Big Data, Big Visualizations, Big Hopes

1880 would seem an unusual place to start the big data revolution, yet here we find ourselves for the birth of what seems like a very modern problem.

The year is 1880, the place; USA. Following the previous controversy of 1870 the US Census Bureau takes its tenth census on June 1. The data is simple - a persons name, their occupation and some basic health and geographical information (other parts of the census asked about social, agricultural and manufacturing data). The results would turn out to be far from simple.

1880 census

The 1880 census recorded data from a growing population of approximately 50 million people. With at least 4 pieces of data per person this resulted in more than 200 million pieces of data. This amount of data took the US Census Bureau 8 years to tabulate, and predictions for the 1890 census were that they would take more than 13 years using the methods of the time.

The US Census Bureau and US Government had found themselves with what seems like a very 21st century problem. As with data collection today, the US Census Bureau had to find a new way to tabulate its data (the result being the Herman Hollerith tabulating machine), but unlike today - the US Census data was difficult to collate and difficult to analyze. The field of automatic data processing had to be invented in preparation for the 1890 census.  

Today’s companies have access not only to growing numbers of data on their customers and their business, but also to a plethora of tools that analyze and visualize this data. But what does this mean for companies, and is it really helping?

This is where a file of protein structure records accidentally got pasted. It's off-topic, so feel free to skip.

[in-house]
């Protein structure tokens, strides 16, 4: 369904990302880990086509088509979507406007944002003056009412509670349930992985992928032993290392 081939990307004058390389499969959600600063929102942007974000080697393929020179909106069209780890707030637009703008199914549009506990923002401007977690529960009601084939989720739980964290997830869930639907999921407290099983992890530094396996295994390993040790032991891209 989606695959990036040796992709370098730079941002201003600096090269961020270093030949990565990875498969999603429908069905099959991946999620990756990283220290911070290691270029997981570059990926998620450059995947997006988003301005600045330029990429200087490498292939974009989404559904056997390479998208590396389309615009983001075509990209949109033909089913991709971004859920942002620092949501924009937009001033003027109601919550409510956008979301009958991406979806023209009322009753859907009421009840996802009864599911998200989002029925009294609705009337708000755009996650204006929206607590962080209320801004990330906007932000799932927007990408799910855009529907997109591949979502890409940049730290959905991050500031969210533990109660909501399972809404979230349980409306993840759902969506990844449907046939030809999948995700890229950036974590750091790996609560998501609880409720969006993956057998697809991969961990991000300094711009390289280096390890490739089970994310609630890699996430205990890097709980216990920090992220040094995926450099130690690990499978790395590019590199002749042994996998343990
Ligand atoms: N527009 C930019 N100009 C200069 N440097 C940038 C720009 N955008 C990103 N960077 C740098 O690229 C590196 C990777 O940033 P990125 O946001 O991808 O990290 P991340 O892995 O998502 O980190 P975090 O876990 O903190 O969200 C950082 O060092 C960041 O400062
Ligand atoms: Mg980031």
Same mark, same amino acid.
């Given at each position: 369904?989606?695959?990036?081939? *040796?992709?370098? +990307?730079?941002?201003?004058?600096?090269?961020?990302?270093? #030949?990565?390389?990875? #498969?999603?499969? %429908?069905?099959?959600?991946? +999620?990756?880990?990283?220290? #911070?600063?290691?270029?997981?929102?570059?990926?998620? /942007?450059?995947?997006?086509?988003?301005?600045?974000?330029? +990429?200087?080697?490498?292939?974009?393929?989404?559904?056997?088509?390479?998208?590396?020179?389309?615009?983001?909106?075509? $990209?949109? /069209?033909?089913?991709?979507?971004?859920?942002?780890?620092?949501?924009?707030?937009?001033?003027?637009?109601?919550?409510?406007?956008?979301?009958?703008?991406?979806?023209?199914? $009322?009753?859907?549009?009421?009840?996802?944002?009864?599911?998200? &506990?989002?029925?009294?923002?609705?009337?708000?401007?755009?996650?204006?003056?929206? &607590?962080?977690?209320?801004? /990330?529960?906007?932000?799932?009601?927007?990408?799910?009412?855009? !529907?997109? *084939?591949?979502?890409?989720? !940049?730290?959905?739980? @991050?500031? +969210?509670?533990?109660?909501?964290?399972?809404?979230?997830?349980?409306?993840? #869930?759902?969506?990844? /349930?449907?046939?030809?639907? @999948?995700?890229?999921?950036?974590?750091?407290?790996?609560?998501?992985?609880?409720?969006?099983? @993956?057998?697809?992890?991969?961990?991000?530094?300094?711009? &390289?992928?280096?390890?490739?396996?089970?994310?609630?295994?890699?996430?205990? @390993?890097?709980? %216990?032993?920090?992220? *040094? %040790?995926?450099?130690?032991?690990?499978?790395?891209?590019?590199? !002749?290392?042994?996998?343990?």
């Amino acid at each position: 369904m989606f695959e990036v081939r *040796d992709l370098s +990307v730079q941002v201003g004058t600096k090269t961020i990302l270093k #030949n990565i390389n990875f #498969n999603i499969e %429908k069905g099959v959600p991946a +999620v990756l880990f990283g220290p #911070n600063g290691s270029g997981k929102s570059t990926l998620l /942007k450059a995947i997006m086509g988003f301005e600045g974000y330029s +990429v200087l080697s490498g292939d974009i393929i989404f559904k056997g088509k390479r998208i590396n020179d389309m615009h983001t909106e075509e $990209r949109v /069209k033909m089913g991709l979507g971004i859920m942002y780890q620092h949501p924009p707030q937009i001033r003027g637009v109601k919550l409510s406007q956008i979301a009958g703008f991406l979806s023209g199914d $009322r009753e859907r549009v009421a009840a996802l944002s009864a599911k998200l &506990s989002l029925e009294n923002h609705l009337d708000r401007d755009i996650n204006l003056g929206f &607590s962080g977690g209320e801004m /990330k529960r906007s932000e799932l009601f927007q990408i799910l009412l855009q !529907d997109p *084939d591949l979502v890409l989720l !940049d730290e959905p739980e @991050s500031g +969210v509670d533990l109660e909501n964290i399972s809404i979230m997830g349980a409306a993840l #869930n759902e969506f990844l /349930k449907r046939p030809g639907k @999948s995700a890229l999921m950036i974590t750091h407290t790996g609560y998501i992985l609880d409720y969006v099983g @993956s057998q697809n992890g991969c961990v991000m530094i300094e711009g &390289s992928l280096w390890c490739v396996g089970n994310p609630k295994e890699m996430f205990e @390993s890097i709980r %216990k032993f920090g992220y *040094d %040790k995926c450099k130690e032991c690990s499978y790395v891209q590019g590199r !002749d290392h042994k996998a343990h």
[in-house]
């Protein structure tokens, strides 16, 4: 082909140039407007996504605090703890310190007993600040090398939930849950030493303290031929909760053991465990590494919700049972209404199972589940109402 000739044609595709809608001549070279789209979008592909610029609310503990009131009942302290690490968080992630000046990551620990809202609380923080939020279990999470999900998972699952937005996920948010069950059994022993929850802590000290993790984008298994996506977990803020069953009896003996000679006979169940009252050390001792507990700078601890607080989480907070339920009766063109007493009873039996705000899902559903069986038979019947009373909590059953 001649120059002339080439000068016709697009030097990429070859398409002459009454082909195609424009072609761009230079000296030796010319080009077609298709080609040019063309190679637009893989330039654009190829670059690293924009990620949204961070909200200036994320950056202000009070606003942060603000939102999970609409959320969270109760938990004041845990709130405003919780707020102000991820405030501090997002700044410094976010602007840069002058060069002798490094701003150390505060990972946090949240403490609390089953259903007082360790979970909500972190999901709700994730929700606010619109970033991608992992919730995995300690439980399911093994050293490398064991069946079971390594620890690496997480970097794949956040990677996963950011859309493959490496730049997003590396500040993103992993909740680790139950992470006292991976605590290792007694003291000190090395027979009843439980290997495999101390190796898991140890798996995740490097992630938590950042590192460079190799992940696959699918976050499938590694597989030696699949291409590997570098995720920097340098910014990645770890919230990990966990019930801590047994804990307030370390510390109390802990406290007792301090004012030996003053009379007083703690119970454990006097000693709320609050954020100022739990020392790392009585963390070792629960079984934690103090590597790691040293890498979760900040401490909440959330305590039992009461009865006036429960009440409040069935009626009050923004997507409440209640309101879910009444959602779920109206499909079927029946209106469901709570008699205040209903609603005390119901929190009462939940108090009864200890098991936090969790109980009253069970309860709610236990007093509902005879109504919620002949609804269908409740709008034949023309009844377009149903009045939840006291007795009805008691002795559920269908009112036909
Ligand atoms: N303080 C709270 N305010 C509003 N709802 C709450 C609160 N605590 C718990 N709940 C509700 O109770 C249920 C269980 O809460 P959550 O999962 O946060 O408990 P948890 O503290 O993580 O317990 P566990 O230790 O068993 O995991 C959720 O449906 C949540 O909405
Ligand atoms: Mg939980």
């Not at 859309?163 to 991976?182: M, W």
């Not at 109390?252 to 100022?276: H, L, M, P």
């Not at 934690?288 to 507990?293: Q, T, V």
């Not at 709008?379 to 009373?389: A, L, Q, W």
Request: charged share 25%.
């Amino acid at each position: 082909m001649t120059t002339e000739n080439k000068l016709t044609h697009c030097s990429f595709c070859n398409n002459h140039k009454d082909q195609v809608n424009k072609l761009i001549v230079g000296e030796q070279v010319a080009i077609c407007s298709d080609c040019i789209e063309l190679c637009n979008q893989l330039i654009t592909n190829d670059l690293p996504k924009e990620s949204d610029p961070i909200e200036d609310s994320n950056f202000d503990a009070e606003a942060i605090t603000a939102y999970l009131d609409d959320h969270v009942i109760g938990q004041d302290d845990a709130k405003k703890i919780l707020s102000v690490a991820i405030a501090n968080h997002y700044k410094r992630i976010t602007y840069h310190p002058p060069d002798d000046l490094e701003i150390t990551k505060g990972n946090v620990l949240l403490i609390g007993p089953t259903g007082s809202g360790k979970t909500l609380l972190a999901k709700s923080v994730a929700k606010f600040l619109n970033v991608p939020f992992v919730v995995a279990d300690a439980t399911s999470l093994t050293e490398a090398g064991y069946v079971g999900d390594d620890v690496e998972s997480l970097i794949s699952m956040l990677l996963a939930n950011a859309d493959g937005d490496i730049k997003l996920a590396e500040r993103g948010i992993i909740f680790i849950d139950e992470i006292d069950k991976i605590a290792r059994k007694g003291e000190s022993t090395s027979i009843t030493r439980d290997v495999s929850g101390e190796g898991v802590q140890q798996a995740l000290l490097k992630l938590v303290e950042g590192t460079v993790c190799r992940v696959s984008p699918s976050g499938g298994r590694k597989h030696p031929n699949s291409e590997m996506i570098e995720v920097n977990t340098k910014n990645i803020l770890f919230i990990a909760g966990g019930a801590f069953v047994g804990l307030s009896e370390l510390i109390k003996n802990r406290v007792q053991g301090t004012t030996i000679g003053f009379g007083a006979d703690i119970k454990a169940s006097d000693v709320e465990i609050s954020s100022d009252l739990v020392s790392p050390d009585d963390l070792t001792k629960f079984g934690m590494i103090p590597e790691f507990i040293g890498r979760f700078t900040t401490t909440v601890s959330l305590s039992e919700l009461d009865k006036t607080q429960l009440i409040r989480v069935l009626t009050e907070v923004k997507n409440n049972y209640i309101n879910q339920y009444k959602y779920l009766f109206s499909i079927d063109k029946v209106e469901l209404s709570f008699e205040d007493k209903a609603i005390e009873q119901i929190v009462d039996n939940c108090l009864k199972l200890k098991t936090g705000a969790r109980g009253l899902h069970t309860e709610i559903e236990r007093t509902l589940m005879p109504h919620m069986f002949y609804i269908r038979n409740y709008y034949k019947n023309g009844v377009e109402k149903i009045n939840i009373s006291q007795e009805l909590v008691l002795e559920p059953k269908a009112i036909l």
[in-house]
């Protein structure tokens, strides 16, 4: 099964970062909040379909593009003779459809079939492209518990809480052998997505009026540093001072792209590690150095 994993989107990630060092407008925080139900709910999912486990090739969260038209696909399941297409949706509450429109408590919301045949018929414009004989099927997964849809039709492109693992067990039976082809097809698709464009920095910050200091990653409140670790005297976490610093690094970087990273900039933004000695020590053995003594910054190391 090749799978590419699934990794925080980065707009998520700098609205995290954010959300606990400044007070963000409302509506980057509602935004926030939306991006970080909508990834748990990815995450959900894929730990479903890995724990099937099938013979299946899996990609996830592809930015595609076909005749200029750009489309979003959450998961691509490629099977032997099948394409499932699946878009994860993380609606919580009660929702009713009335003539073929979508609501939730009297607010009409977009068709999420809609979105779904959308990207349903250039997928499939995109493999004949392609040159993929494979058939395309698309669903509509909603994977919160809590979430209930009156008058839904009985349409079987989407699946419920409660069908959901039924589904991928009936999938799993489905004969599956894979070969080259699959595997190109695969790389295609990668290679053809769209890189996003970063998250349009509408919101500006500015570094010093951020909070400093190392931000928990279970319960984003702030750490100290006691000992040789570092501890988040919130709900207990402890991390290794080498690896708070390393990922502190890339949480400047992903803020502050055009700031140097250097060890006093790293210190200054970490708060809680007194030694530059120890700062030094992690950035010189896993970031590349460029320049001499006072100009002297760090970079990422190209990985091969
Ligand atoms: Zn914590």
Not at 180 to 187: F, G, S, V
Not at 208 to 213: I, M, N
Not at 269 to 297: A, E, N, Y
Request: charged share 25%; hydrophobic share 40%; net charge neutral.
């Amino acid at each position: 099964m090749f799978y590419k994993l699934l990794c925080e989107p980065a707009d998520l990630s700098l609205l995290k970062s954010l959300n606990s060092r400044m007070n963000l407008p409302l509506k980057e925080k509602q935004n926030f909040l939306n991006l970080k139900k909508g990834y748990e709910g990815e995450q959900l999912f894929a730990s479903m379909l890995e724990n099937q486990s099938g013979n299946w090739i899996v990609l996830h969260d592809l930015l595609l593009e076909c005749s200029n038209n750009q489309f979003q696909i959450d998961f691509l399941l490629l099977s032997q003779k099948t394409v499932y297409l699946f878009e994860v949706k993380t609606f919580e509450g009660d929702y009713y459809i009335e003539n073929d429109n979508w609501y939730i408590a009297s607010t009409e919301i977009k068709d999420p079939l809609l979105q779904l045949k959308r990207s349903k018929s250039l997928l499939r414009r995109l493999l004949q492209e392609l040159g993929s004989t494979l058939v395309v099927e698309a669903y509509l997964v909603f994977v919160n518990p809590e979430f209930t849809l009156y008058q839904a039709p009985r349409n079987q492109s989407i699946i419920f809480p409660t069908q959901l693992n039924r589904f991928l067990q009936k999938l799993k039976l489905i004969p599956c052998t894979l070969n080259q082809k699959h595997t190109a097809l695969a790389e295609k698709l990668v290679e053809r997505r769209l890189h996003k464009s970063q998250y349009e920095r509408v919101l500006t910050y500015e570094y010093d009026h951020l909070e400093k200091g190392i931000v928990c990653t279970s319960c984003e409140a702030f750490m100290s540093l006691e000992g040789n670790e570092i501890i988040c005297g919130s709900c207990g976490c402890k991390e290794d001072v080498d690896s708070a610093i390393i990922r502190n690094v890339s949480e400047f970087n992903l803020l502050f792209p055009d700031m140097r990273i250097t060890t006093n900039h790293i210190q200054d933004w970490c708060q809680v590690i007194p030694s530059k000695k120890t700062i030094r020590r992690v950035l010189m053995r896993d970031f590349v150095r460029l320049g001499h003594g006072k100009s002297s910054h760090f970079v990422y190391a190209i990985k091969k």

Enter data visualization

As the topic of big data is talked about more and more, so too is the topic of data visualization. Data visualization is positioned as a panacea to big data, the solution to an ever growing and ever complex store of data. But is it delivering on this promise?

The purpose of data visualization is to explain and to entertain, but the ultimate goal will always be to promote action.

John Snow’s original visualization of the Broad Street Cholera outbreak offered a new and innovative method to view simple data (image below). The plotting on a map gave readers (including Snow himself) the ability to consider the effect geography had on the outbreak - a previously unconsidered element. The result of this visualization ultimately led to understanding the cause of the outbreak and the action to remedy this (disabling the Broadwick Street water pump).

John Snow Cholera map


Some four years later, Florence Nightingale went on to create her ‘Diagram of the causes of mortality in the army in the East’ (image below). This data shows no more information than could be displayed in a simple table, but its value comes from its ability to entice the reader by engaging them, before educating them on the causes of mortality and the effect time has on this.

Florence nightingale diagram of mortality causes


While both of these examples are now over 150 years old, they show that - no matter how new or old the technology - the purpose of data visualization remains unchanged. Its purpose, as it has always been, is to promote action to help an individual or a company.

As the field of data visualization grows more and more over time, the method of evaluating visualization should remain unchanged. Companies should judge data visualizations not on how they look and how impressive they appear - but rather with the core questions: how does this help me, how does this help my company and how does this help my customers?

If the answer to any of these questions is not clear, you could be buying an expensive case of style over substance.


Historical aside

The US census was by no means the first, with some of the earliest records indicating the Babylonians undertook censuses some 6000 years ago. What made the 1880 census unique was that the seven years it took to tabulate the data, meant that the results were obsolete by the time they were available. The resulting fallout led to the development of tabulating machines that were able to process the 1890 census in under a year.

Through a series of mergers, Herman Hollerith’s Tabulating Machine Company would go on to form the International Business Machines Corporation (IBM)


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